No one saw me doing it I guess, pretty sure I didn't do it before my 2nd days recording. Would be nice to get a definitive on the rules of things like this

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Re: You Are The Ref

Post by David Williams » Thu Aug 07, 2014 3:58 pm

It's not against the rules I've got - "You are not allowed to bring anything on to the set . . .", but, from what others have said, it's not allowed.

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Re: You Are The Ref

Post by Jon Stitcher » Wed Aug 13, 2014 1:15 pm

What happens in this situation.

Numbers round 75 7 10 1 6 9 - 729

Player 1 declares they have it and says the following....

75+6+81
81x9 = 719
719+10 = 729

Rachel says, no, 81x9 = 729.

Do they get the points?

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Jon Corby
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Re: You Are The Ref

Post by Jon Corby » Wed Aug 13, 2014 1:29 pm

Jon Stitcher wrote:What happens in this situation.

Numbers round 75 7 10 1 6 9 - 729

Player 1 declares they have it and says the following....

75+6+81
81x9 = 719
719+10 = 729

Rachel says, no, 81x9 = 729.

Do they get the points?
No, cos they started 75+6+81 which equals 162 anyway

LOL

But no, it is an interesting point, I don't think there's any clear stance on whether the contestant actually needs to know the answers to the sums, often people will just say the sum and wait for Rachel to tell them the answer, so it seems a bit harsh to penalise a contestant that tries to fill in the gaps themselves. Indeed, you often might not necessarily know - if I've multiplied some big number by 7 which I think will get nearish the target, and I find that it's actually only 11 out but I've got a 2 and 3 left, I can use these to get it spot on. I'll often not really be sure of what the intermediate answers to the sums are (did it leave me 3 above, or 3 below the target with the 3 left?). It's probably particularly relevant to the guys that do the crazy four-large methods that go up into the thousands.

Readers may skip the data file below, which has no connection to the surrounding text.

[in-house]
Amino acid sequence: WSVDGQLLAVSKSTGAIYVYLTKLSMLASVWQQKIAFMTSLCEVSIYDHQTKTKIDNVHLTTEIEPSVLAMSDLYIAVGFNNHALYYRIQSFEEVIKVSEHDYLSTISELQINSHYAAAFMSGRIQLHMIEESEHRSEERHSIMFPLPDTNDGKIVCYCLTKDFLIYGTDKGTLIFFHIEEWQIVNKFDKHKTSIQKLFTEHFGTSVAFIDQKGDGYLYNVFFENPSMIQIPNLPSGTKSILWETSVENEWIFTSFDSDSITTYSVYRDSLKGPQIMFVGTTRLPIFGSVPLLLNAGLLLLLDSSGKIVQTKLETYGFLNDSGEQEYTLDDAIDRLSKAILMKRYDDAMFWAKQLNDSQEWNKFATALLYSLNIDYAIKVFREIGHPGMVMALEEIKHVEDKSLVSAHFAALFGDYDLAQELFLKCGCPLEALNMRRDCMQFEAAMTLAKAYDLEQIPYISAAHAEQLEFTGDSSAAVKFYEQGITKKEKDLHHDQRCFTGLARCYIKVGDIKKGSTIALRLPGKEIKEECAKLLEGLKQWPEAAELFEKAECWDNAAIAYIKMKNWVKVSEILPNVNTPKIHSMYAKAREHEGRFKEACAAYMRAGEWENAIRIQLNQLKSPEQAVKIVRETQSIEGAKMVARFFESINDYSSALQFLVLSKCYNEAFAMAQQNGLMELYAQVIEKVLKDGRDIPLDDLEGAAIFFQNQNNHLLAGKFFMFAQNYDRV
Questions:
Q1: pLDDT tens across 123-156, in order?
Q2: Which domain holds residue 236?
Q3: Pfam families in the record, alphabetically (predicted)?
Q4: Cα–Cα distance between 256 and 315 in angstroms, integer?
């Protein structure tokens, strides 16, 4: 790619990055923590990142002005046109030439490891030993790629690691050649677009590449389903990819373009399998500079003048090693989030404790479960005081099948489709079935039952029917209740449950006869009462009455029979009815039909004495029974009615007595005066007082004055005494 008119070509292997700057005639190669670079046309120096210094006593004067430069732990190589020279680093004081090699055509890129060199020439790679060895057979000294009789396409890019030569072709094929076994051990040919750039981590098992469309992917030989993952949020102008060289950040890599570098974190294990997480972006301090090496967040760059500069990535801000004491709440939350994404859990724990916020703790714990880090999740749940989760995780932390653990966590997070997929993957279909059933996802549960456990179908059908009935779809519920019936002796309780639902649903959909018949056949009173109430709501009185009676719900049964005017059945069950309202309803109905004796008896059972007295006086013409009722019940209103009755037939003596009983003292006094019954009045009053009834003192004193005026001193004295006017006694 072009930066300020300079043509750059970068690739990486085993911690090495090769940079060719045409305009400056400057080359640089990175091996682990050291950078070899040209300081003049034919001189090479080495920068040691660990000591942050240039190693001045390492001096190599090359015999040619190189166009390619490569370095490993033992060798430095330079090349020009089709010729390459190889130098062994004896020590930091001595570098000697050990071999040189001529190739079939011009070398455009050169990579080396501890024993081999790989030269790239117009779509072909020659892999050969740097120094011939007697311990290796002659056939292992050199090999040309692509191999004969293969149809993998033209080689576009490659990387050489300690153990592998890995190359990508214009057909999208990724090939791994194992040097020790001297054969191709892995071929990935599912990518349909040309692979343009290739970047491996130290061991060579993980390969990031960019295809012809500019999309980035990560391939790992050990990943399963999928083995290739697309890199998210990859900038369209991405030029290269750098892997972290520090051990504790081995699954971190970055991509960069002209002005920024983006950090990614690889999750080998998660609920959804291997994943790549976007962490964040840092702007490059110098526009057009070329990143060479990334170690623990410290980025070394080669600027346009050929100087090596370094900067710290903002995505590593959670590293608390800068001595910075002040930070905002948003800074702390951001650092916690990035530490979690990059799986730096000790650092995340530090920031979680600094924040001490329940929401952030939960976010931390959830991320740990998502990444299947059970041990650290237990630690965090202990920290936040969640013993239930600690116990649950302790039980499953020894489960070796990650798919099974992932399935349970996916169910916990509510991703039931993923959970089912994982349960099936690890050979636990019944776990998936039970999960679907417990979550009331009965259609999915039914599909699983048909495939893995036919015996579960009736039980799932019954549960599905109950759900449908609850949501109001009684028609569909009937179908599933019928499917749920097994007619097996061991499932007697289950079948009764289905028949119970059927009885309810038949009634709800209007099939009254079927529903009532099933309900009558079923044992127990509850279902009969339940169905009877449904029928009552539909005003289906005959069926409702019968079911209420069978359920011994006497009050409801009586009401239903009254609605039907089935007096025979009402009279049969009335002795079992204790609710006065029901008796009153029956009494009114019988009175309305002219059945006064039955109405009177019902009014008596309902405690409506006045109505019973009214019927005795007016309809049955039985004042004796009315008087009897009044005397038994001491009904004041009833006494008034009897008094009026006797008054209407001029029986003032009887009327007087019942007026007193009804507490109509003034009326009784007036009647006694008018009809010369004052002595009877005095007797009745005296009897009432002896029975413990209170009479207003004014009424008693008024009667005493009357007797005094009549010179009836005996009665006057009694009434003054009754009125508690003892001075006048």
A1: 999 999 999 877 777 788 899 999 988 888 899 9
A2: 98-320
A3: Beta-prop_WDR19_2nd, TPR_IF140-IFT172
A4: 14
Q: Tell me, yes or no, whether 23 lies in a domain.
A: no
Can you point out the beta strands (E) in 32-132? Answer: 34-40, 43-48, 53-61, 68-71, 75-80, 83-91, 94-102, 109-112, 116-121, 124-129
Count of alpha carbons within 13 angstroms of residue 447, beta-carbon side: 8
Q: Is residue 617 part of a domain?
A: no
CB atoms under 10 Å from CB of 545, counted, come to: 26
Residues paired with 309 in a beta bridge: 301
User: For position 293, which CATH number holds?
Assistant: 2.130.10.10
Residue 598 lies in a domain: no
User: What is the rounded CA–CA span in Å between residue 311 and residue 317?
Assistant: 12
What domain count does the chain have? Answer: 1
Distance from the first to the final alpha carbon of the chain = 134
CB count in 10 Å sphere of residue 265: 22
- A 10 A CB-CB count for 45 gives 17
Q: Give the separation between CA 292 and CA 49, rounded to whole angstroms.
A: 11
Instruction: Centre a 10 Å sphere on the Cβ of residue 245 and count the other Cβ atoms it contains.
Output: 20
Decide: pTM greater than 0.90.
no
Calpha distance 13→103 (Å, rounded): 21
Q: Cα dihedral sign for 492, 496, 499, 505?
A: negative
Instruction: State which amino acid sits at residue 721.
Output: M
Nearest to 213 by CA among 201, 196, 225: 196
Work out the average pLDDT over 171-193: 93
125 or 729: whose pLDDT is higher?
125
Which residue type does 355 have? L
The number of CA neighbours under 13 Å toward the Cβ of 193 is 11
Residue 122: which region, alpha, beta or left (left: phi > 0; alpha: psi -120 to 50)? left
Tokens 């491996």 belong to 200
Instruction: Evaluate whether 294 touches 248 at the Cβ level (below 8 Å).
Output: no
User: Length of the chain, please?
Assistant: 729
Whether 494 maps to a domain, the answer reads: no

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Jon O'Neill
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Re: You Are The Ref

Post by Jon O'Neill » Wed Aug 13, 2014 4:22 pm

I think in James Martin's 952 he actually says "and then x times y... whatever that is". I think you should have to know, but it's probably not enforced.

I don't think you should be allowed the points in the numbers game.

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Re: You Are The Ref

Post by Fred Mumford » Wed Aug 13, 2014 4:38 pm

I would disallow on the grounds the answer arrived at by following his instructions is 739, not 729.

However, I don't think a player should need to know the answers to the immediate steps as long as the final outcome is correct.

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Re: You Are The Ref

Post by Jon Stitcher » Wed Aug 13, 2014 5:49 pm

Jon O'Neill wrote:I think in James Martin's 952 he actually says "and then x times y... whatever that is". I think you should have to know, but it's probably not enforced.

I don't think you should be allowed the points in the numbers game.
James said something along the lines of 'I don't know what that is' But this contestant has made a mistake in their working and accidentally arrived at the correct answer.

I only mention it because I just did this in a game on apterous and wondered why it froze before I did my -10

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Re: You Are The Ref

Post by Mark James » Wed Aug 13, 2014 6:47 pm

Jon Stitcher wrote:What happens in this situation.

Numbers round 75 7 10 1 6 9 - 729